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Issue Details: First known date: 2011... vol. 78 no. 2 Summer 2011 of ELH: English Literary History est. 1934 ELH
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Contents

* Contents derived from the 2011 version. Please note that other versions/publications may contain different contents. See the Publication Details.
'Socialists of a New Socialism'?: Christina Stead's Critique of 1930s America in The Man Who Loved Children, Michael Ackland , single work criticism
This essay examines Christina Stead's engagement with the Communist Party in the 1930s and argues that her most famous novel, The Man Who Loved Children, offers a fierce critique not only of patriarchy and her childhood, but also of contemporary events in Roosevelt's America. Through close analogy Stead savages Earl Browder's innovative Party program, and establishes startling correspondences between the Pollit family and a nation where free speech was increasingly jeopardized by Federal agencies and the Party line. Though Stead's literary rehabilitation depended, in part, on down-playing her political views, their continued neglect risks diminishing the full stature of her achievement (author's abstract).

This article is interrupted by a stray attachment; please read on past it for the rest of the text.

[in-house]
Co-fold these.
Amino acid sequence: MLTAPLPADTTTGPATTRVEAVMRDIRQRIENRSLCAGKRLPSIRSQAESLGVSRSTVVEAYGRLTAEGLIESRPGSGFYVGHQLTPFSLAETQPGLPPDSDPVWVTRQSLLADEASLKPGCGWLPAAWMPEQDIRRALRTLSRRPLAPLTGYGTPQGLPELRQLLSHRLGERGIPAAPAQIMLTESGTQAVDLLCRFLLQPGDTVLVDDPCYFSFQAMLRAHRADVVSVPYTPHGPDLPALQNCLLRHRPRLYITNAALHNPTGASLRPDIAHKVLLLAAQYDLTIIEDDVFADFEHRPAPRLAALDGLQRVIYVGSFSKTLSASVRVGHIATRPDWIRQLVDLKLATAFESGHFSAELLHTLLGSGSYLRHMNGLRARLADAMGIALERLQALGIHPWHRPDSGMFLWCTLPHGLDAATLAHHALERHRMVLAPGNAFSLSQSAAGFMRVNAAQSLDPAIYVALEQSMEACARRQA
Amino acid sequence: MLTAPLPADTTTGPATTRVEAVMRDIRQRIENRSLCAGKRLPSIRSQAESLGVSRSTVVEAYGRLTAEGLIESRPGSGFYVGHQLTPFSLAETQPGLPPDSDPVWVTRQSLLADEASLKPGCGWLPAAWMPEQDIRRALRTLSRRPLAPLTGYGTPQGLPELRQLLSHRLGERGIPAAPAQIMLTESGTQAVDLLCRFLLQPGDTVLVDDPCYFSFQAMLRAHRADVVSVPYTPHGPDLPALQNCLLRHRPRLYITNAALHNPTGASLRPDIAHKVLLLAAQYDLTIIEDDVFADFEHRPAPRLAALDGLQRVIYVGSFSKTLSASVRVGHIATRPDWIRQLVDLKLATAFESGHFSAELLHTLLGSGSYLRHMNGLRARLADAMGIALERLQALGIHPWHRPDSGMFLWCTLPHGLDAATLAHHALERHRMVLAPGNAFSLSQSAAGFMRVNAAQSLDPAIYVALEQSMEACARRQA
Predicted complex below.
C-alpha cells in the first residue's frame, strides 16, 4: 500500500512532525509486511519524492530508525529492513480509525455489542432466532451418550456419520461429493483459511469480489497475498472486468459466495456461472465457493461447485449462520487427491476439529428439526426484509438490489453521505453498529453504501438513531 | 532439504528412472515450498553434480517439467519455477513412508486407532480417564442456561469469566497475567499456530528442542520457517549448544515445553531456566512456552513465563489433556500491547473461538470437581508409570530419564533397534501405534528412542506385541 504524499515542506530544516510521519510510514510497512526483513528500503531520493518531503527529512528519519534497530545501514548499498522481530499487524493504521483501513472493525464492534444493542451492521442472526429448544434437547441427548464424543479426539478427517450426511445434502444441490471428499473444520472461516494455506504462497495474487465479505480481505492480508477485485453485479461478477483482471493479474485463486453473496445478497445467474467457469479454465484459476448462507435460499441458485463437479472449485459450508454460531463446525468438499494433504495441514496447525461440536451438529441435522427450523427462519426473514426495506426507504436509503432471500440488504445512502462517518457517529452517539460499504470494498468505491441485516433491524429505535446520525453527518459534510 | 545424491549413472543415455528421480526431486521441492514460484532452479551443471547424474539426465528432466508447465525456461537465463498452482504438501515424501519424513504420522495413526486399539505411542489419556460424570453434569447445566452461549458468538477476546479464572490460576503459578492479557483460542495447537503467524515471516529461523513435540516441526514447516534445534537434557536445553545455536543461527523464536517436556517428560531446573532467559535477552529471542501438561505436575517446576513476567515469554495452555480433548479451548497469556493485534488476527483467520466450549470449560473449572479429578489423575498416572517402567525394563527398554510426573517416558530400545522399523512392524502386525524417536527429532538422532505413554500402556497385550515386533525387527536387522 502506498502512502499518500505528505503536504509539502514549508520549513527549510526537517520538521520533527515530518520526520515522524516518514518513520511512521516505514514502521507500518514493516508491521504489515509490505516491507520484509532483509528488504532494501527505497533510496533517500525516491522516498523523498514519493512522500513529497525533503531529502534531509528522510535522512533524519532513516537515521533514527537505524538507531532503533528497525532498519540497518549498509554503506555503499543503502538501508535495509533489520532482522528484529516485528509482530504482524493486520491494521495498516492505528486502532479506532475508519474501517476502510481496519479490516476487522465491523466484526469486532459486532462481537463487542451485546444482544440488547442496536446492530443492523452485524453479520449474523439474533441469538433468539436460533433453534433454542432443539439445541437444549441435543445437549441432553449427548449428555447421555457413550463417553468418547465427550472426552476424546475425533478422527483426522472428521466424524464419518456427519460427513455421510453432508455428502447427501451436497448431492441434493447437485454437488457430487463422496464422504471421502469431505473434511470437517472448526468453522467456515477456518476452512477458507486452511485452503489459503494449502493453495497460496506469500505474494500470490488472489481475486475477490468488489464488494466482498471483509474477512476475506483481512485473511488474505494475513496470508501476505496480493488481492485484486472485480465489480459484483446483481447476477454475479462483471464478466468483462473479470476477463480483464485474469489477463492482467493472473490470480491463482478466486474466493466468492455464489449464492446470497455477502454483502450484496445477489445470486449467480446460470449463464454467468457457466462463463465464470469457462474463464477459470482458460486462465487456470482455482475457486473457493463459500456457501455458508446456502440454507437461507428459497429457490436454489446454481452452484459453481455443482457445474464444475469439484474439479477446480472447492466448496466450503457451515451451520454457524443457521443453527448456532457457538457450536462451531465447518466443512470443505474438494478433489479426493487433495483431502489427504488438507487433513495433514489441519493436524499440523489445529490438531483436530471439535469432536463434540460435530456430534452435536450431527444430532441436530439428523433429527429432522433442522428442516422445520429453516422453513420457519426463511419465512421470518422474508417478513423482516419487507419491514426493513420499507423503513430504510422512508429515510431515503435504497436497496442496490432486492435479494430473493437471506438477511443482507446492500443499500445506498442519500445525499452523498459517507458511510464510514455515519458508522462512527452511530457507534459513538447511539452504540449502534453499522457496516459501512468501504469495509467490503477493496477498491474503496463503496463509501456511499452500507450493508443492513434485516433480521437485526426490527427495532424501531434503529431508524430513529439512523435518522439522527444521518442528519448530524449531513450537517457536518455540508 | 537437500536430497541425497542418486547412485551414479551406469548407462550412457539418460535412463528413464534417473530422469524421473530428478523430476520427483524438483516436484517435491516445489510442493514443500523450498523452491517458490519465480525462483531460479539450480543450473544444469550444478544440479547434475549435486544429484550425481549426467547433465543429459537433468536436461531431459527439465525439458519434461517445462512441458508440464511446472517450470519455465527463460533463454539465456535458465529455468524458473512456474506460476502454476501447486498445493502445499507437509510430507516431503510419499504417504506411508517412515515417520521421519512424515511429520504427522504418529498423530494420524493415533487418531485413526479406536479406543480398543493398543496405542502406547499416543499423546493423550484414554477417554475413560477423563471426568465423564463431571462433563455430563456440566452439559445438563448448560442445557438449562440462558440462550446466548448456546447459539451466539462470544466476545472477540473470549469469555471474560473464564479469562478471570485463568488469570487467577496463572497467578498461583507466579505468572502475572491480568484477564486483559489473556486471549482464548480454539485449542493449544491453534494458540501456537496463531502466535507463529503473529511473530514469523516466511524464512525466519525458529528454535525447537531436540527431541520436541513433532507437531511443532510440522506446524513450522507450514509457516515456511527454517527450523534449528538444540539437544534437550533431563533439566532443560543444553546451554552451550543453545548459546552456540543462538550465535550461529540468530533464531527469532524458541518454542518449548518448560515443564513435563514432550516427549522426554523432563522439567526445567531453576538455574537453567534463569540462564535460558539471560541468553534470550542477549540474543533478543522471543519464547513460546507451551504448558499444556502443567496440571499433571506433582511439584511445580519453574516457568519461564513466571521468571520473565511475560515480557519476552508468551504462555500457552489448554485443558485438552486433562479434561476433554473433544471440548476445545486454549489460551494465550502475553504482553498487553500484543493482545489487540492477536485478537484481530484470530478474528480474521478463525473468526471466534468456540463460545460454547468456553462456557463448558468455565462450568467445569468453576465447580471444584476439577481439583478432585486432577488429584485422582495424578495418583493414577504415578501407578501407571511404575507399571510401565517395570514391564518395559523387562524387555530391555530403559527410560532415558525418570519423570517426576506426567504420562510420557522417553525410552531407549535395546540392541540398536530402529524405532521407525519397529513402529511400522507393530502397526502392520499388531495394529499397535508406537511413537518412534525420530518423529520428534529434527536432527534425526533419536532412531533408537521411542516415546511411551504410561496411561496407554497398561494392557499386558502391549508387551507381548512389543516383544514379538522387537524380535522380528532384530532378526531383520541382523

(p. 387-408)

Publication Details of Only Known VersionEarliest 2 Known Versions of

Last amended 30 Aug 2011 13:52:55
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